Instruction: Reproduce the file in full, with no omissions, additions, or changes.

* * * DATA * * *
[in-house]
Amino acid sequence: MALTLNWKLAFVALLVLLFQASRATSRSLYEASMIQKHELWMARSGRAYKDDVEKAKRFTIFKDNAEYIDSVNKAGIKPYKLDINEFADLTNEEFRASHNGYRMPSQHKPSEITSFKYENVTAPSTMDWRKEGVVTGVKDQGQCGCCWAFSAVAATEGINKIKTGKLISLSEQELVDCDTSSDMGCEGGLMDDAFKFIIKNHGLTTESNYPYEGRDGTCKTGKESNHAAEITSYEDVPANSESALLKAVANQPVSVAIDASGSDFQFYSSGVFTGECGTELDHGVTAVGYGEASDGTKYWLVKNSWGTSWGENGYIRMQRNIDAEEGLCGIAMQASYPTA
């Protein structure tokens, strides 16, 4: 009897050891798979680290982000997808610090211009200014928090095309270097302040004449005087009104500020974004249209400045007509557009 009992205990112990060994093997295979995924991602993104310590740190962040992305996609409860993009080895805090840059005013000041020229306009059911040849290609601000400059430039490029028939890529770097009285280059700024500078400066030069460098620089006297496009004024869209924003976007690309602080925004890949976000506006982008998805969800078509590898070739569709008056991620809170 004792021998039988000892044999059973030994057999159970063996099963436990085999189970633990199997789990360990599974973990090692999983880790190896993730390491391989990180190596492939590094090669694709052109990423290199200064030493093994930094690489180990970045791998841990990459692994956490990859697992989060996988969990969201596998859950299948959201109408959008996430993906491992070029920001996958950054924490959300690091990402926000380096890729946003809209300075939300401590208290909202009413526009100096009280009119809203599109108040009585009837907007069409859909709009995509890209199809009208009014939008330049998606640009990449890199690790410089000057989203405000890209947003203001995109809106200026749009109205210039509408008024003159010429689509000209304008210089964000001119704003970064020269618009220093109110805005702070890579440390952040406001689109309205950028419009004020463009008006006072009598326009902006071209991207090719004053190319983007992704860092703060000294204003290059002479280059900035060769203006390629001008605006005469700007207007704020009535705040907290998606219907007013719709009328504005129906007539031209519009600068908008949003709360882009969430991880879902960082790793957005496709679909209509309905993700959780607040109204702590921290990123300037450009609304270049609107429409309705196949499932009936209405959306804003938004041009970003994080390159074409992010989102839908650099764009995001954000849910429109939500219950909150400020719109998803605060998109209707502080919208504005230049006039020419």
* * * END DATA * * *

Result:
[in-house]
Amino acid sequence: MALTLNWKLAFVALLVLLFQASRATSRSLYEASMIQKHELWMARSGRAYKDDVEKAKRFTIFKDNAEYIDSVNKAGIKPYKLDINEFADLTNEEFRASHNGYRMPSQHKPSEITSFKYENVTAPSTMDWRKEGVVTGVKDQGQCGCCWAFSAVAATEGINKIKTGKLISLSEQELVDCDTSSDMGCEGGLMDDAFKFIIKNHGLTTESNYPYEGRDGTCKTGKESNHAAEITSYEDVPANSESALLKAVANQPVSVAIDASGSDFQFYSSGVFTGECGTELDHGVTAVGYGEASDGTKYWLVKNSWGTSWGENGYIRMQRNIDAEEGLCGIAMQASYPTA
């Protein structure tokens, strides 16, 4: 009897050891798979680290982000997808610090211009200014928090095309270097302040004449005087009104500020974004249209400045007509557009 009992205990112990060994093997295979995924991602993104310590740190962040992305996609409860993009080895805090840059005013000041020229306009059911040849290609601000400059430039490029028939890529770097009285280059700024500078400066030069460098620089006297496009004024869209924003976007690309602080925004890949976000506006982008998805969800078509590898070739569709008056991620809170 004792021998039988000892044999059973030994057999159970063996099963436990085999189970633990199997789990360990599974973990090692999983880790190896993730390491391989990180190596492939590094090669694709052109990423290199200064030493093994930094690489180990970045791998841990990459692994956490990859697992989060996988969990969201596998859950299948959201109408959008996430993906491992070029920001996958950054924490959300690091990402926000380096890729946003809209300075939300401590208290909202009413526009100096009280009119809203599109108040009585009837907007069409859909709009995509890209199809009208009014939008330049998606640009990449890199690790410089000057989203405000890209947003203001995109809106200026749009109205210039509408008024003159010429689509000209304008210089964000001119704003970064020269618009220093109110805005702070890579440390952040406001689109309205950028419009004020463009008006006072009598326009902006071209991207090719004053190319983007992704860092703060000294204003290059002479280059900035060769203006390629001008605006005469700007207007704020009535705040907290998606219907007013719709009328504005129906007539031209519009600068908008949003709360882009969430991880879902960082790793957005496709679909209509309905993700959780607040109204702590921290990123300037450009609304270049609107429409309705196949499932009936209405959306804003938004041009970003994080390159074409992010989102839908650099764009995001954000849910429109939500219950909150400020719109998803605060998109209707502080919208504005230049006039020419």